Wilde: I can only speak for myself here, but personally I’ve found labels to be incredibly liberating. They’ve helped me form my identity and learn more about who I am, and find others who share the same experiences and struggles. Not just as a queer person, but as a disabled person, too. That being said, it’s totally fine to reject labels altogether if that’s not what feels right for you. I don’t believe anyone has the right to police anyone else’s identities, and I want people – especially younger people – to know that it’s okay to feel like your labels evolve over time. The older we get, the more we know ourselves and sometimes what used to feel right doesn’t anymore, and that’s okay.

TMS: Your book doesn’t shy away from anything. It is probably one of the most intersectional things I’ve read this year. Do you develop characters first and then come up with a story for them, or does the story come first and then you slowly begin populating the world?

Wilde: The characters come first for me. I like to figure out who my main character is, what drives them and what scares them. I write short bios about their background, their hopes and dreams, what they look like and who their friends are. I do the same for the supporting characters, because I want them all to be layered, with their own individual goals and fears. That all informs the plot, and makes it easier to create conflict by throwing things at them that gets in the way of what they want.

TMS: There is a great book by Sady Doyle called Trainwreck and it was all about how the media loves to have tragic stories about creative young women and then attack them instantly when they “fall from favor.” For Emmy, as a bisexual woman and an artist, she has to struggle with her public image being torn apart however the media feels at that time. Were there women you were thinking of as you were writing the character?

Wilde: I’ve been a fan of Kristen Stewart for years, so her relationship with the media was on my mind while I was writing this. It’s been fascinating to watch how the media’s treatment of her has shifted and changed over time. Early on, there was a lot of misogyny toward her for not conforming or giving in to what the media wanted from her. She was constantly being trolled for not smiling enough. Then there was the cheating scandal, during which most of the focus was on her mistake and she received most of the blame. When she started being photographed with women, it all started up again—rumors and headlines about her sexuality, most of which either referred to her and her girlfriend as ‘gal pals,’ or erased bisexuality by assuming she was either straight or gay. I think I started writing THE BRIGHTSIDERS around the time the rumors about her sexuality were surfacing online, shortly before her famous SNL moment when she declared she was ‘so gay, dude,’ and then started talking openly about bisexuality. These days, she’s celebrated for not conforming, and she’s almost become an icon for the very things she would have been attacked for only five years ago.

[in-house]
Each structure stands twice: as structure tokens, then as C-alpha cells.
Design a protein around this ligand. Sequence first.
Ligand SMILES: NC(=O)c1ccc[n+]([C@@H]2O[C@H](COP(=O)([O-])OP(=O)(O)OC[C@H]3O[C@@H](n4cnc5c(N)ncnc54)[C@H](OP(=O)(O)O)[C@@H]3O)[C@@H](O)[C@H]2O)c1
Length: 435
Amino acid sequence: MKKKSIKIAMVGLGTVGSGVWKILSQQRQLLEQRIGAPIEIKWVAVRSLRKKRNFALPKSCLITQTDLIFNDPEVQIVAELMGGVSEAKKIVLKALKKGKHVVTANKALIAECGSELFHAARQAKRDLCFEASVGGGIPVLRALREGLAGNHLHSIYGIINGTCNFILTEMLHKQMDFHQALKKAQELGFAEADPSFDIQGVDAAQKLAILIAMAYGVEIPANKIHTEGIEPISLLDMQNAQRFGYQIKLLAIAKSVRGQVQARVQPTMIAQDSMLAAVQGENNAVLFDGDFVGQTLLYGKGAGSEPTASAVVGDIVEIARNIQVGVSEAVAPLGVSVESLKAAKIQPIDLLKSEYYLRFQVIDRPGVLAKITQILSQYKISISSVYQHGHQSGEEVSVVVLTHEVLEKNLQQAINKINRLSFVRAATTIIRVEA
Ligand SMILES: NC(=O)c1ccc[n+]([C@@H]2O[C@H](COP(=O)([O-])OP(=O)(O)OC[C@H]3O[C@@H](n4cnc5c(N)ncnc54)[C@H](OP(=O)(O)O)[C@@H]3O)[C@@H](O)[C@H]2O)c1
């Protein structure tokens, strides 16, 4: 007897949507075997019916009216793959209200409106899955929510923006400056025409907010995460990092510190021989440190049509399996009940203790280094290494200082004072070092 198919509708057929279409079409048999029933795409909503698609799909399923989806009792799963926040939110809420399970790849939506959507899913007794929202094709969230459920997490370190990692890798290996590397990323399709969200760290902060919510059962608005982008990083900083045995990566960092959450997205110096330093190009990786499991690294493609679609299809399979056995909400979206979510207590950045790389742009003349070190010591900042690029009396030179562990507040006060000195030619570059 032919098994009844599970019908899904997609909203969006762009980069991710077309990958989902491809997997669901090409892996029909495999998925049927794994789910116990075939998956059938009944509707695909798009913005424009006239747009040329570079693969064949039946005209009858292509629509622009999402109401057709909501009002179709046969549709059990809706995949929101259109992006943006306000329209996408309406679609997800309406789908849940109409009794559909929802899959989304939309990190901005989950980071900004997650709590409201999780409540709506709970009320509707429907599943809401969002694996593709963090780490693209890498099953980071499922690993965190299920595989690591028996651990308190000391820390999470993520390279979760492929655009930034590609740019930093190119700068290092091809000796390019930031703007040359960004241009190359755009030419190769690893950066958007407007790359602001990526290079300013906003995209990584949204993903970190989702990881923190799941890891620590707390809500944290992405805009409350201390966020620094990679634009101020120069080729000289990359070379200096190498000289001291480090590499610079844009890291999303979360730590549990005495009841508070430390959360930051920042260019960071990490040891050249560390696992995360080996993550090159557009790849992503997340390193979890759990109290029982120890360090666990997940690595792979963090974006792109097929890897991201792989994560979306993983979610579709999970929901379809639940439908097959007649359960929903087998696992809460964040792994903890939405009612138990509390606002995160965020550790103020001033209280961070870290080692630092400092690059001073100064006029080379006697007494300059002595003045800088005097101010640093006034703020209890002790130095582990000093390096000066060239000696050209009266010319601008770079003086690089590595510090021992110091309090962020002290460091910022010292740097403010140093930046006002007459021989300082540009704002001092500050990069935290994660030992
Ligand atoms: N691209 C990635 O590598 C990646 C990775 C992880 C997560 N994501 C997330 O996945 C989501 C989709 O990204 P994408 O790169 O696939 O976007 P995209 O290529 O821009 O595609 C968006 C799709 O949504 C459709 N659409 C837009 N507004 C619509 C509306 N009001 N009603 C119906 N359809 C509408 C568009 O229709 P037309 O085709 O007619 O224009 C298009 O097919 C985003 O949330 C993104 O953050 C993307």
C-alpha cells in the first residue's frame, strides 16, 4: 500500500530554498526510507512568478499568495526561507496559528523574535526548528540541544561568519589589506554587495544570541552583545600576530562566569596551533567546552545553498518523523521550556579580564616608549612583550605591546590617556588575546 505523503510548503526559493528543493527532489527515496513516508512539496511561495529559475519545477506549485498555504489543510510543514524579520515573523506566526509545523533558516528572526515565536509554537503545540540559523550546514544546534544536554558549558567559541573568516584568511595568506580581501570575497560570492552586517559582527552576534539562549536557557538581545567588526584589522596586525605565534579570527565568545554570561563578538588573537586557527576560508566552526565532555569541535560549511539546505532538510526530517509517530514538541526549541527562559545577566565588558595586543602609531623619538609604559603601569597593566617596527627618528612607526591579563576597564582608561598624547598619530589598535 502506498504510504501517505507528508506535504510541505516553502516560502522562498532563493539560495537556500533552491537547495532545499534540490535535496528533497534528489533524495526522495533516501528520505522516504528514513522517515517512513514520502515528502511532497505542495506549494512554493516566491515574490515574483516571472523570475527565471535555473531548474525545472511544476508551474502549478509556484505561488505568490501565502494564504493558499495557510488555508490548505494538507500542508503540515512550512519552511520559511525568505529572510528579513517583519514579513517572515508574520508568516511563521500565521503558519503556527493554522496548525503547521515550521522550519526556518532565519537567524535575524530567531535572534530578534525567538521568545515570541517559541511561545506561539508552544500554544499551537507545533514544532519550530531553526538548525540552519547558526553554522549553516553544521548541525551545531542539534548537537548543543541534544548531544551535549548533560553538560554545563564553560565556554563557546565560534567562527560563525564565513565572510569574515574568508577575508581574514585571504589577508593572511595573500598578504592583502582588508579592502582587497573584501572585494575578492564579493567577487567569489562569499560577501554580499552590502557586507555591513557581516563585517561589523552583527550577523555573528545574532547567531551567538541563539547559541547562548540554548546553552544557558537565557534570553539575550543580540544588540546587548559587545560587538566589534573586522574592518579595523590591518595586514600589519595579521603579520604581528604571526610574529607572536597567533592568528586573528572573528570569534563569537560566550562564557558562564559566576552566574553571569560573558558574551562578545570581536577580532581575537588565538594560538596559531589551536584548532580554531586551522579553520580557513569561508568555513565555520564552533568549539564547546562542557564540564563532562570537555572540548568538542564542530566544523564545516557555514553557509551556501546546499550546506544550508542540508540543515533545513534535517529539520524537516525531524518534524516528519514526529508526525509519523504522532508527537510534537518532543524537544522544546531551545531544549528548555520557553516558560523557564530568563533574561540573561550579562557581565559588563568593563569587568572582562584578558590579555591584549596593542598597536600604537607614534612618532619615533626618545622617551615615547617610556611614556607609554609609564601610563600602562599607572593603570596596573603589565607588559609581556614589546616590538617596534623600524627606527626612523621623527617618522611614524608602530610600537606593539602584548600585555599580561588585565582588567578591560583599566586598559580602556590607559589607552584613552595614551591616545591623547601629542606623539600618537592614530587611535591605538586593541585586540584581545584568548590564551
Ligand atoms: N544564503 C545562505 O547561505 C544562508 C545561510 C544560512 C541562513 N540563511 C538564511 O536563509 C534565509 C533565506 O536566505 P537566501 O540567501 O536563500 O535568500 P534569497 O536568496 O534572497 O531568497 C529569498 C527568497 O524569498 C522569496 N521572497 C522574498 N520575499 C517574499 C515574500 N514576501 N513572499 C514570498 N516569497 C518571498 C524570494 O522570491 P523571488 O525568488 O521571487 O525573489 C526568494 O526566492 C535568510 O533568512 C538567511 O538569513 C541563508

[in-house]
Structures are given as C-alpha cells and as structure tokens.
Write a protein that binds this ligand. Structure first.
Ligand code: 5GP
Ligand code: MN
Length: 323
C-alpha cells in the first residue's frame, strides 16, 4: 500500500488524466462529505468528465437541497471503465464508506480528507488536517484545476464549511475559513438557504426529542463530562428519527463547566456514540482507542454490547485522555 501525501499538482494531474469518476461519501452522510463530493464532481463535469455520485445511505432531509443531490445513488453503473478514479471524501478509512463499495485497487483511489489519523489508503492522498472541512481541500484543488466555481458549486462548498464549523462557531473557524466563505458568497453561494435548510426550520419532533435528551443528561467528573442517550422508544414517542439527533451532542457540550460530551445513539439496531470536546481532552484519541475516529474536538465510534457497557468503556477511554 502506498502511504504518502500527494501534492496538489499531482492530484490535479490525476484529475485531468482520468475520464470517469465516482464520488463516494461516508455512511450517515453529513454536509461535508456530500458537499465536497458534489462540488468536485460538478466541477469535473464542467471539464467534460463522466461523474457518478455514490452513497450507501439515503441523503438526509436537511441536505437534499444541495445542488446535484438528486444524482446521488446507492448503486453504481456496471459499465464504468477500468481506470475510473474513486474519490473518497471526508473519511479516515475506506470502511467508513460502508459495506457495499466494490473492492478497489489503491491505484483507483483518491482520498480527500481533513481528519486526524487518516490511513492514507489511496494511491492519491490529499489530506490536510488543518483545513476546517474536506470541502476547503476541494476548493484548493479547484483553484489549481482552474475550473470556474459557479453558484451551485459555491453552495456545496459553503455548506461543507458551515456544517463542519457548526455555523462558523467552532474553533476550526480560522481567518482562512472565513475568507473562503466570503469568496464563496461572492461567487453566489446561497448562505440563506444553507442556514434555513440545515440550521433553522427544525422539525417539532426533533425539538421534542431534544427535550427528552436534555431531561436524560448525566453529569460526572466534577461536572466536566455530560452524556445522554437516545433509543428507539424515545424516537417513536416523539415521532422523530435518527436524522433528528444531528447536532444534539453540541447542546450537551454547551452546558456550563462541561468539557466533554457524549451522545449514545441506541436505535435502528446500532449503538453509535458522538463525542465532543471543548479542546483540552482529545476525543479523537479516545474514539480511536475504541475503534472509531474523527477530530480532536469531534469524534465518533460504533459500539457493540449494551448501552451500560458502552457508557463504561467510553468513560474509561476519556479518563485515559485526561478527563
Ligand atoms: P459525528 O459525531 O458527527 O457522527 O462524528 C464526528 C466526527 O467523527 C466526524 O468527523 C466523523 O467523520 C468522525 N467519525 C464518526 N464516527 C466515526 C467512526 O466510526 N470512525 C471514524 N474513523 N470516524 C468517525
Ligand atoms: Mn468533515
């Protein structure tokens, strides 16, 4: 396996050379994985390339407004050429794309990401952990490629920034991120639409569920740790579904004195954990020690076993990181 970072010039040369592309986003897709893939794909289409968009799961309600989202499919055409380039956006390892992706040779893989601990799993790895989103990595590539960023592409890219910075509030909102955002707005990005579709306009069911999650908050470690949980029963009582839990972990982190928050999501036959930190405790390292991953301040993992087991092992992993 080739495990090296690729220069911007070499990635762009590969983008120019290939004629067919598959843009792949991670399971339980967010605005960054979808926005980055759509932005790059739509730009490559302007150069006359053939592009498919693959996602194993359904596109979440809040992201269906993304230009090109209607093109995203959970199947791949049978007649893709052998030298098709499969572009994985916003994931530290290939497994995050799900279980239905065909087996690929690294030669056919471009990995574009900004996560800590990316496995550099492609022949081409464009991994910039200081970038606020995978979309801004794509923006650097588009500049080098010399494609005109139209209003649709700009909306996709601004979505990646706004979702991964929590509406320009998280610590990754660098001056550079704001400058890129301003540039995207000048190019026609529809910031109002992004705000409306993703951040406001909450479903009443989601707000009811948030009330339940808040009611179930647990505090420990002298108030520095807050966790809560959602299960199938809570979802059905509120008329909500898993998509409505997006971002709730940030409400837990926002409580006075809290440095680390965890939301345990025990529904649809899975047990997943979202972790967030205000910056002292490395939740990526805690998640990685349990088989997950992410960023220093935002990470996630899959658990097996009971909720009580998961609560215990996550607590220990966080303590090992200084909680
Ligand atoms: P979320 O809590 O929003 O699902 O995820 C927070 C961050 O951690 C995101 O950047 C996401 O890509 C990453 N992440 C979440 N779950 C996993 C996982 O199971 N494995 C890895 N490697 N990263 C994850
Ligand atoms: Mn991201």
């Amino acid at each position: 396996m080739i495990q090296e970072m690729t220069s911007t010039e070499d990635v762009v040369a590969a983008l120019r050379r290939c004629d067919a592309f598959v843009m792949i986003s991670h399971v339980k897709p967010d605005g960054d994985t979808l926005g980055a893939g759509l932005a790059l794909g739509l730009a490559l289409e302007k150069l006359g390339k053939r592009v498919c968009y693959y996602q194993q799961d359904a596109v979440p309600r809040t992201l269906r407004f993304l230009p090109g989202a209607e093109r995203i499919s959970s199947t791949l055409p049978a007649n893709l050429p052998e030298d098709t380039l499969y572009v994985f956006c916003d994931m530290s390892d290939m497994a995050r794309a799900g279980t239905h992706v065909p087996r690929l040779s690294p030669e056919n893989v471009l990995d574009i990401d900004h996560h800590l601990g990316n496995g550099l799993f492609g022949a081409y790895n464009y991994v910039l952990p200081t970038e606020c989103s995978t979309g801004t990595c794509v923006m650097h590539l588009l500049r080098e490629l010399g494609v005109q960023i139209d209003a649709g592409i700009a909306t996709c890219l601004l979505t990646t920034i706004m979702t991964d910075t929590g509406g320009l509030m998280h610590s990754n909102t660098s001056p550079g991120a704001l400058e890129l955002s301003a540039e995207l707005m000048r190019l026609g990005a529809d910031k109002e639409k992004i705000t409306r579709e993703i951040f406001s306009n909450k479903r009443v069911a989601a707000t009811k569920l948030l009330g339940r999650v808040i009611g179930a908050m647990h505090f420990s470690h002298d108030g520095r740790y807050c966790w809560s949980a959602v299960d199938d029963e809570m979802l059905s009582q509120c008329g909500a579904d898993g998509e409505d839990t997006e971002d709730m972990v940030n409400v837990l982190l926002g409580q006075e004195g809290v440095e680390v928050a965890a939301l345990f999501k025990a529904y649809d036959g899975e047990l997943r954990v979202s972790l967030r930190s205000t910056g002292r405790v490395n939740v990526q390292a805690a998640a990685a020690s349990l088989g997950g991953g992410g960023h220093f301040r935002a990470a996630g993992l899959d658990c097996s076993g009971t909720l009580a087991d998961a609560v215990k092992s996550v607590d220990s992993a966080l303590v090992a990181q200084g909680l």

TMS: As a bisexual adult, I read this book and I could feel in my bones how much fun this book would have been for me as a kid. It’s amazing now, but I feel like young adult authors today are really grabbing the genre and saying “you will include me.” How does it feel to be a part of this amazing change going on in young adult now? Where do you think we need to go as we move forward into creating more inclusive works?

Wilde: I am so proud to be a part of the kidlit community. There are many incredible people in the industry who are starting much needed conversations and working hard to get inclusive, important stories to young readers. That being said, there’s still a long way to go – especially when it comes to including intersectional identities. Queer and disabled BIPOC in particular need more positive representation in all forms of media. It’s important that those with more privilege use it to support works by those from more marginalized communities. We also need more intersectional diversity within publishing at every level, and that publishers recognise that diversity is not a trend or a niche. I’m so grateful for organizations like We Need Diverse Books (https://diversebooks.org/) and CBC Diversity (http://www.cbcdiversity.com/) who do so much for the community, and I recommend that anyone interested in learning more about this topic check them out.

THE BRIGHTSIDERS is now available in stores.

Want more stories like this? Become a subscriber and support the site!

The Mary Sue has a strict comment policy that forbids, but is not limited to, personal insults toward anyone, hate speech, and trolling.—

Have a tip we should know? tips@themarysue.com

Filed Under:

Follow The Mary Sue:

Princess (she/her-bisexual) is a Brooklyn born Megan Fox truther, who loves Sailor Moon, mythology, and diversity within sci-fi/fantasy. Still lives in Brooklyn with her over 500 Pokémon that she has Eevee trained into a mighty army. Team Zutara forever.